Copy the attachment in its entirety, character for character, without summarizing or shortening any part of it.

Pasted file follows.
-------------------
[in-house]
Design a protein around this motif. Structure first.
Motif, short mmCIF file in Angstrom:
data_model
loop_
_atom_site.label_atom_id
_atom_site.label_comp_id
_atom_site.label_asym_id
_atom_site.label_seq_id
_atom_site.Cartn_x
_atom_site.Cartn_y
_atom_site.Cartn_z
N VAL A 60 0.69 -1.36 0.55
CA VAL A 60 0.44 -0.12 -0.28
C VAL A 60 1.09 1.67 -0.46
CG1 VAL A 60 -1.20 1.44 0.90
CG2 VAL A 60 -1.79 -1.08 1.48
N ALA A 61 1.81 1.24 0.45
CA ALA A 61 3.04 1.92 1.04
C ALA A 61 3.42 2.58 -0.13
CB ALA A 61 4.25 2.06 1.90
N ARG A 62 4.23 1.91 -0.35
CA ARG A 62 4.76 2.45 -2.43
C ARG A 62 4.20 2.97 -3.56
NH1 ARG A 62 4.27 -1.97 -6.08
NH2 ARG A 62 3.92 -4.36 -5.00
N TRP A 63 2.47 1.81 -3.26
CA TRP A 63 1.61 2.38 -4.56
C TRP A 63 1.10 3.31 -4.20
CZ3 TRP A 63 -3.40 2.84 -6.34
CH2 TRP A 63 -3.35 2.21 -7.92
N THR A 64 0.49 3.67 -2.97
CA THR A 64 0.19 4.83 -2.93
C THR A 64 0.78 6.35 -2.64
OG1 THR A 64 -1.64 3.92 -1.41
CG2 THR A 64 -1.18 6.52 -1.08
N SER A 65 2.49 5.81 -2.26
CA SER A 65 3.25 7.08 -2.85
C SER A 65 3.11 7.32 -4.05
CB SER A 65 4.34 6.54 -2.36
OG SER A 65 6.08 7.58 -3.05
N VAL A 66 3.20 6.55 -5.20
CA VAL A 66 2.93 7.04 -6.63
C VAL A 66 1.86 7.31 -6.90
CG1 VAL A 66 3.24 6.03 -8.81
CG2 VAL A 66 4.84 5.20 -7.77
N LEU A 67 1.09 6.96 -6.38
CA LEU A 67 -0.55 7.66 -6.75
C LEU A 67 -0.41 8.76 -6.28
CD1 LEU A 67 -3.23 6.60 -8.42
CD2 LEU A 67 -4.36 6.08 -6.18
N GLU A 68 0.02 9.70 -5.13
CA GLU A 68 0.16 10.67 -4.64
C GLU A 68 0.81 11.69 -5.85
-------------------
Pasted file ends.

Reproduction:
[in-house]
Design a protein around this motif. Structure first.
Motif, short mmCIF file in Angstrom:
data_model
loop_
_atom_site.label_atom_id
_atom_site.label_comp_id
_atom_site.label_asym_id
_atom_site.label_seq_id
_atom_site.Cartn_x
_atom_site.Cartn_y
_atom_site.Cartn_z
N VAL A 60 0.69 -1.36 0.55
CA VAL A 60 0.44 -0.12 -0.28
C VAL A 60 1.09 1.67 -0.46
CG1 VAL A 60 -1.20 1.44 0.90
CG2 VAL A 60 -1.79 -1.08 1.48
N ALA A 61 1.81 1.24 0.45
CA ALA A 61 3.04 1.92 1.04
C ALA A 61 3.42 2.58 -0.13
CB ALA A 61 4.25 2.06 1.90
N ARG A 62 4.23 1.91 -0.35
CA ARG A 62 4.76 2.45 -2.43
C ARG A 62 4.20 2.97 -3.56
NH1 ARG A 62 4.27 -1.97 -6.08
NH2 ARG A 62 3.92 -4.36 -5.00
N TRP A 63 2.47 1.81 -3.26
CA TRP A 63 1.61 2.38 -4.56
C TRP A 63 1.10 3.31 -4.20
CZ3 TRP A 63 -3.40 2.84 -6.34
CH2 TRP A 63 -3.35 2.21 -7.92
N THR A 64 0.49 3.67 -2.97
CA THR A 64 0.19 4.83 -2.93
C THR A 64 0.78 6.35 -2.64
OG1 THR A 64 -1.64 3.92 -1.41
CG2 THR A 64 -1.18 6.52 -1.08
N SER A 65 2.49 5.81 -2.26
CA SER A 65 3.25 7.08 -2.85
C SER A 65 3.11 7.32 -4.05
CB SER A 65 4.34 6.54 -2.36
OG SER A 65 6.08 7.58 -3.05
N VAL A 66 3.20 6.55 -5.20
CA VAL A 66 2.93 7.04 -6.63
C VAL A 66 1.86 7.31 -6.90
CG1 VAL A 66 3.24 6.03 -8.81
CG2 VAL A 66 4.84 5.20 -7.77
N LEU A 67 1.09 6.96 -6.38
CA LEU A 67 -0.55 7.66 -6.75
C LEU A 67 -0.41 8.76 -6.28
CD1 LEU A 67 -3.23 6.60 -8.42
CD2 LEU A 67 -4.36 6.08 -6.18
N GLU A 68 0.02 9.70 -5.13
CA GLU A 68 0.16 10.67 -4.64
C GLU A 68 0.81 11.69 -5.85